Karate is predominantly a striking art, using punching, kicking, knee strikes, elbow strikes and open hand techniques such as knife-hands, spear-hands, and palm-heel strikes. Historically and in some modern styles grappling, throws, joint locks, restraints, and vital point strikes are also taught.
Karate began as a common fighting system known as Te (手, which is Japanese for "hand"). There were few formal styles of te, but rather many practitioners with their own methods: each area and its teachers had particular kata, techniques, and principles that distinguished their local version of te from the others. From these early styles originated many styles of modern Karate.
Some of the most notables include:
- Shorin-Ryu (小林流; "little forest way"): One of the oldest styles of Karate. "Shorin" is actually the Japanese pronunciation of "Shaolin" (小林). Shorin-Ryu is generally characterized by natural breathing, natural (narrow, high) stances, and circular, rather than direct movements. A peculiar feature in this system is how the student is taught to punch: there is not either a horizontal or vertical punch in Shorin-Ryu, punches are almost vertical, slightly canted to the inside, with the largest knuckle of the fore finger in vertical alignment with the second knuckle of the pinky finger. It is believed that this position is key in lining up the bones of the arm and creates a faster, more stable and powerful strike.
- Shotokan (松濤館; "pine-waves house"): As the most widely practiced style, Shotokan is considered a traditional and influential form of Karate. Shotokan is regarded as a dynamic martial art as it develops anaerobic, powerful techniques as well as developing speed. Initially strength and power are demonstrated instead of slower, more flowing motions. Those who progress to brown and black belt level develop a much more fluid style that incorporates grappling, throwing and some Aikido-like techniques. Was founded by Gichin Funakoshi: after years of study in Shorin-Ryu and Shorei-Ryu, Funakoshi created a simpler system that combined the ideals of both styles.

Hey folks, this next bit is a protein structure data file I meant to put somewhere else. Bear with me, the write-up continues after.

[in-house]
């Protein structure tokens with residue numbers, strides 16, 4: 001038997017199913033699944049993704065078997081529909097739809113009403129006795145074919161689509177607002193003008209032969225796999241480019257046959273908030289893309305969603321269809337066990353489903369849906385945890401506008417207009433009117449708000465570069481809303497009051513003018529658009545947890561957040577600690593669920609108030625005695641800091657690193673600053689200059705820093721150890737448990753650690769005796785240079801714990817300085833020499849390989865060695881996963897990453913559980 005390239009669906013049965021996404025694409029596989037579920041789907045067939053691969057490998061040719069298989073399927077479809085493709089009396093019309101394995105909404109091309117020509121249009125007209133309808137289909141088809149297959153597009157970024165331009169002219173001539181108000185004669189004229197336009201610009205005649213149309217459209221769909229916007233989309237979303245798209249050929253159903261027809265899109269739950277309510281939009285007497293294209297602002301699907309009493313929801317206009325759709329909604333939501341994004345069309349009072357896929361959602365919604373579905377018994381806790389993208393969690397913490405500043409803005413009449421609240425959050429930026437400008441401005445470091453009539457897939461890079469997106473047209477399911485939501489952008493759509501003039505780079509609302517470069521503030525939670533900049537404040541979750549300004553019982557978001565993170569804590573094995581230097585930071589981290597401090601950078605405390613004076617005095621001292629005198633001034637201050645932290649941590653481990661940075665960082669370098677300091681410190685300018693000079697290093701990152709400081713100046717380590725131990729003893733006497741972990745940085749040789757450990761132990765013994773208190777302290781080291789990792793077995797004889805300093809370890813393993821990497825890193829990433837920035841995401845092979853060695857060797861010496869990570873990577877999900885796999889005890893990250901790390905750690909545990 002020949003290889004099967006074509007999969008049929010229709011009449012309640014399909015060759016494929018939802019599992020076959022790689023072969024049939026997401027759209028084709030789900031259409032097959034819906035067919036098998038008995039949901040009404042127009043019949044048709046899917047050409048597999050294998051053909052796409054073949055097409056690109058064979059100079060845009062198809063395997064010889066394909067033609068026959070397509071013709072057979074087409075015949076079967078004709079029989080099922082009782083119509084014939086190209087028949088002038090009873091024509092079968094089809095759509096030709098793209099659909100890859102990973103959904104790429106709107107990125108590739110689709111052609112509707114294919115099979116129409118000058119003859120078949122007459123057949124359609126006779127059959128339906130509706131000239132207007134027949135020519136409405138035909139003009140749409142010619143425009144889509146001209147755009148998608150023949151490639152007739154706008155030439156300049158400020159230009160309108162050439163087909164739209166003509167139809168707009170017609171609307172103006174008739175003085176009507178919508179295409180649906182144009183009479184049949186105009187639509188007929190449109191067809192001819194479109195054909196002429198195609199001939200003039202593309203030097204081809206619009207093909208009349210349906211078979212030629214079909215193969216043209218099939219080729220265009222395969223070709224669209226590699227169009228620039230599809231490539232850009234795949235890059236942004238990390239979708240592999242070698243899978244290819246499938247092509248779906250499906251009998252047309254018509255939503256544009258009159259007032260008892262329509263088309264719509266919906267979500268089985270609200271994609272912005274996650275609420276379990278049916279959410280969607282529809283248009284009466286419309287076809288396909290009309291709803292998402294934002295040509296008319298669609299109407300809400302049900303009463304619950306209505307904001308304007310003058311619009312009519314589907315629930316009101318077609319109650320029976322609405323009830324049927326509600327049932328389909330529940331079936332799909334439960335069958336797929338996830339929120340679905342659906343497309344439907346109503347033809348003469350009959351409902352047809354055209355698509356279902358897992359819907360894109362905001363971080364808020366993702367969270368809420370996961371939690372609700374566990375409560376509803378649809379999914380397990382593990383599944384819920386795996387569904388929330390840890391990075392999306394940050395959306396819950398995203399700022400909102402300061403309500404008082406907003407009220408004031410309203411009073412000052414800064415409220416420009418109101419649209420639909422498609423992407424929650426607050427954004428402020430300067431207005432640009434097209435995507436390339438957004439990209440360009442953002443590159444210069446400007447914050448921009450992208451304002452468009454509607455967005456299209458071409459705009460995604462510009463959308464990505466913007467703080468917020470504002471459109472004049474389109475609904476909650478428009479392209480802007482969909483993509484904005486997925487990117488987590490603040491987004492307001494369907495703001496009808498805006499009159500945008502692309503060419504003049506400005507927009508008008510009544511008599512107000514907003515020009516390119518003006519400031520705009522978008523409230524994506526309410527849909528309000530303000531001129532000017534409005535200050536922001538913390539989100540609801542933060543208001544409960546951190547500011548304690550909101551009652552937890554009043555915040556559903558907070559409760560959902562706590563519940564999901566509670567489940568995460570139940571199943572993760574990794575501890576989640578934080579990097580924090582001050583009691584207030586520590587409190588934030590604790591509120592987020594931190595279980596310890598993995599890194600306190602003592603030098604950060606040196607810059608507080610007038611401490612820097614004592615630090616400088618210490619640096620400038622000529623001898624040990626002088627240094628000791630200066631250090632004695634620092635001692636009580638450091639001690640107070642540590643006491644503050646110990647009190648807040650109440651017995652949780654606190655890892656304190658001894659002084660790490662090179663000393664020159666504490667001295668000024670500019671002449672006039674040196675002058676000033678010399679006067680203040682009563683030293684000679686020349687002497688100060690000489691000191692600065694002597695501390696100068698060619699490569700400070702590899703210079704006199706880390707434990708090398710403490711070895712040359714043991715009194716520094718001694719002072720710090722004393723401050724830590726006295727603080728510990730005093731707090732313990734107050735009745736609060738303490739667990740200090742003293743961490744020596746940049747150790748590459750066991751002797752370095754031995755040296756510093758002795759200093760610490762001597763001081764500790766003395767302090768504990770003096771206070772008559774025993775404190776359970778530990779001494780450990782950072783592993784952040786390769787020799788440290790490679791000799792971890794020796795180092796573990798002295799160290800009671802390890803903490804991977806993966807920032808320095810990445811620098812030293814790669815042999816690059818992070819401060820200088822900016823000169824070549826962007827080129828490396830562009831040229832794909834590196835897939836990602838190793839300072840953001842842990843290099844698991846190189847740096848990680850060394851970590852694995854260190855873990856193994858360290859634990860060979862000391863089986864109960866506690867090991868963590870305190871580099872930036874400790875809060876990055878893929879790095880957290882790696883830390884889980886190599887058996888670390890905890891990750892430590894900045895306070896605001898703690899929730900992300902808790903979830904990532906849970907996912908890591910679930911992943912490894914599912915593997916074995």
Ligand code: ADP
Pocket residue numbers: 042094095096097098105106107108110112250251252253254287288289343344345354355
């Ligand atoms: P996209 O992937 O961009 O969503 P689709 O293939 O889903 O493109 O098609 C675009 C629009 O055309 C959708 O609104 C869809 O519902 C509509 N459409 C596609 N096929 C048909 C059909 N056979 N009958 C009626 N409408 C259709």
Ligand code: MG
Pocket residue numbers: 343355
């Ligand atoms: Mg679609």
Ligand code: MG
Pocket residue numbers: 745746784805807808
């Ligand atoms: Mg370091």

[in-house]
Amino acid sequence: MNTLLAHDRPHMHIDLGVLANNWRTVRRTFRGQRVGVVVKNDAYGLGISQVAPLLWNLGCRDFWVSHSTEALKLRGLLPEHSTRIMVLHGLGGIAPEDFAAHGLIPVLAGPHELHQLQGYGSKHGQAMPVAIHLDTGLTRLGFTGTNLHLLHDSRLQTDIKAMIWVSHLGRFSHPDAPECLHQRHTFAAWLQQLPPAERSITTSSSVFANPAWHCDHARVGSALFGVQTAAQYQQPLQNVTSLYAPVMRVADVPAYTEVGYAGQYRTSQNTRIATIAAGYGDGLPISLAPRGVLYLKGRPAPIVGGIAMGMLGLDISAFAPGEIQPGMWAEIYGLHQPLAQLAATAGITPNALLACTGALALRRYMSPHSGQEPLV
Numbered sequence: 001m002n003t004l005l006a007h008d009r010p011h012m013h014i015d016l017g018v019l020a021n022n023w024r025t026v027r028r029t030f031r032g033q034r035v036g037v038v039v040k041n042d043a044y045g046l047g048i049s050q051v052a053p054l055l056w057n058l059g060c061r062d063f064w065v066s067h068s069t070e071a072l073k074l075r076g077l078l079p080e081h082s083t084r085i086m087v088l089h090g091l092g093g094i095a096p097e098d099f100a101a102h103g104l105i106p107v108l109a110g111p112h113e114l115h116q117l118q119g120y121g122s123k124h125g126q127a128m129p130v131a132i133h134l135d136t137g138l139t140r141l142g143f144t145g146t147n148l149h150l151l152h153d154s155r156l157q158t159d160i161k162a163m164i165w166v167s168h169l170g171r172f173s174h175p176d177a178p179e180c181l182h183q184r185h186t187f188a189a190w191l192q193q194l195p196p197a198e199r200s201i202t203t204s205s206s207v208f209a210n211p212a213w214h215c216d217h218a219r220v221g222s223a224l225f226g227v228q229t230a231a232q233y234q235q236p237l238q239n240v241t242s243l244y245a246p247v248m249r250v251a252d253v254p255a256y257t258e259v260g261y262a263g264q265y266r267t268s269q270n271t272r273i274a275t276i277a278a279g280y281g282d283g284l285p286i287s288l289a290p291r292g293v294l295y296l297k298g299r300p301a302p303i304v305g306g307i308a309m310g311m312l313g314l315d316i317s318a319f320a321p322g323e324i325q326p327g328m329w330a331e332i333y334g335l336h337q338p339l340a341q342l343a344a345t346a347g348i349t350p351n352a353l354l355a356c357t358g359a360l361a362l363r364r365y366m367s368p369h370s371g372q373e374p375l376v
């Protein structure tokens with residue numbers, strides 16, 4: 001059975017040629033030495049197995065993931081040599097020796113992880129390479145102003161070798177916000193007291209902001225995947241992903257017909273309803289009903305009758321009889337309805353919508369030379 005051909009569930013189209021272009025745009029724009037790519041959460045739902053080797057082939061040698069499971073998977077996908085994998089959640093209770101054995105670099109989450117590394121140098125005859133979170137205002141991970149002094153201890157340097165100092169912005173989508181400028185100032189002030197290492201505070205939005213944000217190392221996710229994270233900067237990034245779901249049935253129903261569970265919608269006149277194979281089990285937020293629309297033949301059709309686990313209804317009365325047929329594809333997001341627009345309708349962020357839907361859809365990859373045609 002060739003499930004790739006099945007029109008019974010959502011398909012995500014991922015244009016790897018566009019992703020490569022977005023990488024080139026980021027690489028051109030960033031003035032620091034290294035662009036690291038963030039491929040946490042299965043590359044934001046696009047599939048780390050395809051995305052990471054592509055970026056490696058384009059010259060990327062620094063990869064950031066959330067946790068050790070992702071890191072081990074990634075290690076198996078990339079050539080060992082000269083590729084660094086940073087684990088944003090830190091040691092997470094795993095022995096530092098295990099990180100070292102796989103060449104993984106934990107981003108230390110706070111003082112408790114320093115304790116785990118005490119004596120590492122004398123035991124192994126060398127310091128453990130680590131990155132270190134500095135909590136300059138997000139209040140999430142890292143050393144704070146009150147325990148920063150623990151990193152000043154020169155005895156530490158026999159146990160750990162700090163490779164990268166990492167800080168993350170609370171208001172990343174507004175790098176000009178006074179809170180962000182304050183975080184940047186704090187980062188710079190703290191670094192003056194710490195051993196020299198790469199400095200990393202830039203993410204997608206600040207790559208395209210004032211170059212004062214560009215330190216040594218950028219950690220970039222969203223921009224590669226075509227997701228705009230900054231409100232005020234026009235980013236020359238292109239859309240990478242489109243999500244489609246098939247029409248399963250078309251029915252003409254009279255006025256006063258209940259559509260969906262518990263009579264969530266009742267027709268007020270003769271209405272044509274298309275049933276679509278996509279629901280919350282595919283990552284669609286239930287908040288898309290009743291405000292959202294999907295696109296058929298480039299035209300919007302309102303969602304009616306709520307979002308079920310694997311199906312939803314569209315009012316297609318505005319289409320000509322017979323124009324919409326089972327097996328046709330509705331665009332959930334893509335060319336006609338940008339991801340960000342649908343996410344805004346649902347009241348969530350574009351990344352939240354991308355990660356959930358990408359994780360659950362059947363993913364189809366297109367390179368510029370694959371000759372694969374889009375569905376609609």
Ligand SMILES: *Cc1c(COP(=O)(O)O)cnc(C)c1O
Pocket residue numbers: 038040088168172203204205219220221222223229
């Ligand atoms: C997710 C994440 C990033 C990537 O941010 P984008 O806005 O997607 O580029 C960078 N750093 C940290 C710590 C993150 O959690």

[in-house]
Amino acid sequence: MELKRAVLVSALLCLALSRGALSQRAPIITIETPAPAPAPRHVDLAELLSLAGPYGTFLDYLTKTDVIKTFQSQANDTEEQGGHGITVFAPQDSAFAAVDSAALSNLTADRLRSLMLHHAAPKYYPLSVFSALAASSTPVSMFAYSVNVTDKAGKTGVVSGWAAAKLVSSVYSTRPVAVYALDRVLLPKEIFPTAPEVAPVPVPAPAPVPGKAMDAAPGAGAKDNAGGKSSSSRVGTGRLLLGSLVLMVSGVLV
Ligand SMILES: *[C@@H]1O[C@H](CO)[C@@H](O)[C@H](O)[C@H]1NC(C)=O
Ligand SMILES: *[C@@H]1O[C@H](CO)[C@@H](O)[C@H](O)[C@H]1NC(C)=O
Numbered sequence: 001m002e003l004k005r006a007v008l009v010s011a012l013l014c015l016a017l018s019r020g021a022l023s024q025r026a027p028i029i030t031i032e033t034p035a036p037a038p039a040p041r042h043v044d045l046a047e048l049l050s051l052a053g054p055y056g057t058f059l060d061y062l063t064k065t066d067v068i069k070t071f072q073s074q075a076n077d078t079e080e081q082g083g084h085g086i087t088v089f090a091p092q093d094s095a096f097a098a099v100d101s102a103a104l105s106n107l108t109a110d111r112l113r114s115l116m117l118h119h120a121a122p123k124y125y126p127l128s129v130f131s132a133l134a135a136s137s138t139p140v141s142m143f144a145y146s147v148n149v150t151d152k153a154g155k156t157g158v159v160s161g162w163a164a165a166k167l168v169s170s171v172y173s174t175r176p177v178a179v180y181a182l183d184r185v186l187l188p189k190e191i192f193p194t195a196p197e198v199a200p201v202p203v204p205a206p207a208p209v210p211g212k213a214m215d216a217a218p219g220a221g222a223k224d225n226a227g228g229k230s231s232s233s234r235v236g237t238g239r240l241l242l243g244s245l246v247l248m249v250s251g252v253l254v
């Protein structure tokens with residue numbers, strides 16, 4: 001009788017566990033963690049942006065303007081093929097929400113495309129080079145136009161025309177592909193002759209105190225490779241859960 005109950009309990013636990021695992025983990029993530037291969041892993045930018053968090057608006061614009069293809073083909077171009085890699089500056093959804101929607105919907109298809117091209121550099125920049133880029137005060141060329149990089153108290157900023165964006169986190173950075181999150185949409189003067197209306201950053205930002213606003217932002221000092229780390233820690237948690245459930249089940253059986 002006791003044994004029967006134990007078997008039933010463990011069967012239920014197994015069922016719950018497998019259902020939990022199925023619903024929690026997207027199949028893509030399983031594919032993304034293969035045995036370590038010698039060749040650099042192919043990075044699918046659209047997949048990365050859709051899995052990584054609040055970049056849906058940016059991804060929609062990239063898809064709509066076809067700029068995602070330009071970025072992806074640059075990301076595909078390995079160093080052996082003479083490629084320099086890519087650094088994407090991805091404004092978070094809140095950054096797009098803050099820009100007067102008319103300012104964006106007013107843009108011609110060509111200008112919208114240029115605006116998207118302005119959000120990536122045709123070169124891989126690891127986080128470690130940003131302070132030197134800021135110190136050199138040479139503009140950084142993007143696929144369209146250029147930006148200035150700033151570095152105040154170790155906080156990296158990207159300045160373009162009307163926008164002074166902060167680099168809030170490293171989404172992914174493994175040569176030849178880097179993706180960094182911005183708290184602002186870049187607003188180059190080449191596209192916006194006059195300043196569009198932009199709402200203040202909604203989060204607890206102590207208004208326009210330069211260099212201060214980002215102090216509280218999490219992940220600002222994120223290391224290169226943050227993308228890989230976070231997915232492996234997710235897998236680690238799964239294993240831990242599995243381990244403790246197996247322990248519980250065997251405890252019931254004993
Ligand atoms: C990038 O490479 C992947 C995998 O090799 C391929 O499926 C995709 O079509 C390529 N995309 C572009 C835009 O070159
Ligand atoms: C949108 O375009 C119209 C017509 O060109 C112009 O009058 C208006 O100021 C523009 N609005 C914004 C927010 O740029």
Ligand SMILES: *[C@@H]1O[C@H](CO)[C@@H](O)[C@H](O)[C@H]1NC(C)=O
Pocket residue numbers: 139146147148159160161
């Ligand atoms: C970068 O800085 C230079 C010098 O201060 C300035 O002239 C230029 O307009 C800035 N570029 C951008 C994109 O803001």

- Goju-Ryu (剛柔流; "hard-soft style"): This style features a combination of hard and soft techniques. This style incorporates both circular and linear movements into its curriculum, combining hard striking attacks such as kicks and close hand punches with softer open hand circular techniques for attacking, blocking, and controlling the opponent, including locks, grappling, takedowns and throws.
- Shito-Ryu (糸東流): A combination style, which attempts to unite the diverse roots of Karate. On one hand, it has the physical strength and long powerful stances of styles such as Shorin-Ryu and Shotokan; on the other hand, it also has the circular and eight-directional movements, breathing power, and hard and soft characteristics of styles such as Goju-Ryu. Shito-Ryu is extremely fast, but still can be artistic and powerful.
- Kyokushin (極真; "the ultimate truth"): A modern, fighting-sport oriented style also known as Full Contact Karate because of its emphasis on physical, full-force sparring fighting. Kyokushin is rooted in a philosophy of self-improvement, discipline and hard training.